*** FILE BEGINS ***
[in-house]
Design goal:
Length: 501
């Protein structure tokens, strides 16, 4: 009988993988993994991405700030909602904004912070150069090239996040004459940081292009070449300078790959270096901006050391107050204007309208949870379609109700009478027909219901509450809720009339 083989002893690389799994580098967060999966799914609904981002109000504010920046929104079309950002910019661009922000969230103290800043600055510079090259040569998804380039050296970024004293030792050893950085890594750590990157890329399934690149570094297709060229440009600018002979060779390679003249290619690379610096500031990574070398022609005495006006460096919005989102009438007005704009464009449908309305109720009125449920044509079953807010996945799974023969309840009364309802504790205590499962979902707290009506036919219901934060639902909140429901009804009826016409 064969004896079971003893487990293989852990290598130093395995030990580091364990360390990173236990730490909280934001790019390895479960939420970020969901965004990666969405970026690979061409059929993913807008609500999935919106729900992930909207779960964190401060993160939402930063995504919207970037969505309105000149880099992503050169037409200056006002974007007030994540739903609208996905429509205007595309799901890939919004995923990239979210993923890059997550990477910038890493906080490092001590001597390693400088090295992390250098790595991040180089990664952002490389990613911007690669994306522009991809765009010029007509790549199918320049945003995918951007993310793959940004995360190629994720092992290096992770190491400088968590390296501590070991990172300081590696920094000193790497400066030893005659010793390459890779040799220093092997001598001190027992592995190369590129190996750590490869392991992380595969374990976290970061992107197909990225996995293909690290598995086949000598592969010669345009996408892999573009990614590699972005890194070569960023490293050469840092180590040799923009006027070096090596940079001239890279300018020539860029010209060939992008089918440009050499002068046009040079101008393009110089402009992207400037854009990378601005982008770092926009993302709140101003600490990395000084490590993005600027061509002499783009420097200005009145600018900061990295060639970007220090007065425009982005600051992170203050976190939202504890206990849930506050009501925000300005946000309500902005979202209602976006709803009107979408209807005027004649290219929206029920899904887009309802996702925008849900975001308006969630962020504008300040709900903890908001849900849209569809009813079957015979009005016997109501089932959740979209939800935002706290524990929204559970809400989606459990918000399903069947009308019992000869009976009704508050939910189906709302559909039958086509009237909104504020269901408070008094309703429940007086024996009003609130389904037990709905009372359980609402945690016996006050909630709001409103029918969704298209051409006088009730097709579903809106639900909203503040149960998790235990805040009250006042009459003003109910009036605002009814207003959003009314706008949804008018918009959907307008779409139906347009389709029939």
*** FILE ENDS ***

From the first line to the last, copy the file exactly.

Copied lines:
[in-house]
Design goal:
Length: 501
């Protein structure tokens, strides 16, 4: 009988993988993994991405700030909602904004912070150069090239996040004459940081292009070449300078790959270096901006050391107050204007309208949870379609109700009478027909219901509450809720009339 083989002893690389799994580098967060999966799914609904981002109000504010920046929104079309950002910019661009922000969230103290800043600055510079090259040569998804380039050296970024004293030792050893950085890594750590990157890329399934690149570094297709060229440009600018002979060779390679003249290619690379610096500031990574070398022609005495006006460096919005989102009438007005704009464009449908309305109720009125449920044509079953807010996945799974023969309840009364309802504790205590499962979902707290009506036919219901934060639902909140429901009804009826016409 064969004896079971003893487990293989852990290598130093395995030990580091364990360390990173236990730490909280934001790019390895479960939420970020969901965004990666969405970026690979061409059929993913807008609500999935919106729900992930909207779960964190401060993160939402930063995504919207970037969505309105000149880099992503050169037409200056006002974007007030994540739903609208996905429509205007595309799901890939919004995923990239979210993923890059997550990477910038890493906080490092001590001597390693400088090295992390250098790595991040180089990664952002490389990613911007690669994306522009991809765009010029007509790549199918320049945003995918951007993310793959940004995360190629994720092992290096992770190491400088968590390296501590070991990172300081590696920094000193790497400066030893005659010793390459890779040799220093092997001598001190027992592995190369590129190996750590490869392991992380595969374990976290970061992107197909990225996995293909690290598995086949000598592969010669345009996408892999573009990614590699972005890194070569960023490293050469840092180590040799923009006027070096090596940079001239890279300018020539860029010209060939992008089918440009050499002068046009040079101008393009110089402009992207400037854009990378601005982008770092926009993302709140101003600490990395000084490590993005600027061509002499783009420097200005009145600018900061990295060639970007220090007065425009982005600051992170203050976190939202504890206990849930506050009501925000300005946000309500902005979202209602976006709803009107979408209807005027004649290219929206029920899904887009309802996702925008849900975001308006969630962020504008300040709900903890908001849900849209569809009813079957015979009005016997109501089932959740979209939800935002706290524990929204559970809400989606459990918000399903069947009308019992000869009976009704508050939910189906709302559909039958086509009237909104504020269901408070008094309703429940007086024996009003609130389904037990709905009372359980609402945690016996006050909630709001409103029918969704298209051409006088009730097709579903809106639900909203503040149960998790235990805040009250006042009459003003109910009036605002009814207003959003009314706008949804008018918009959907307008779409139906347009389709029939």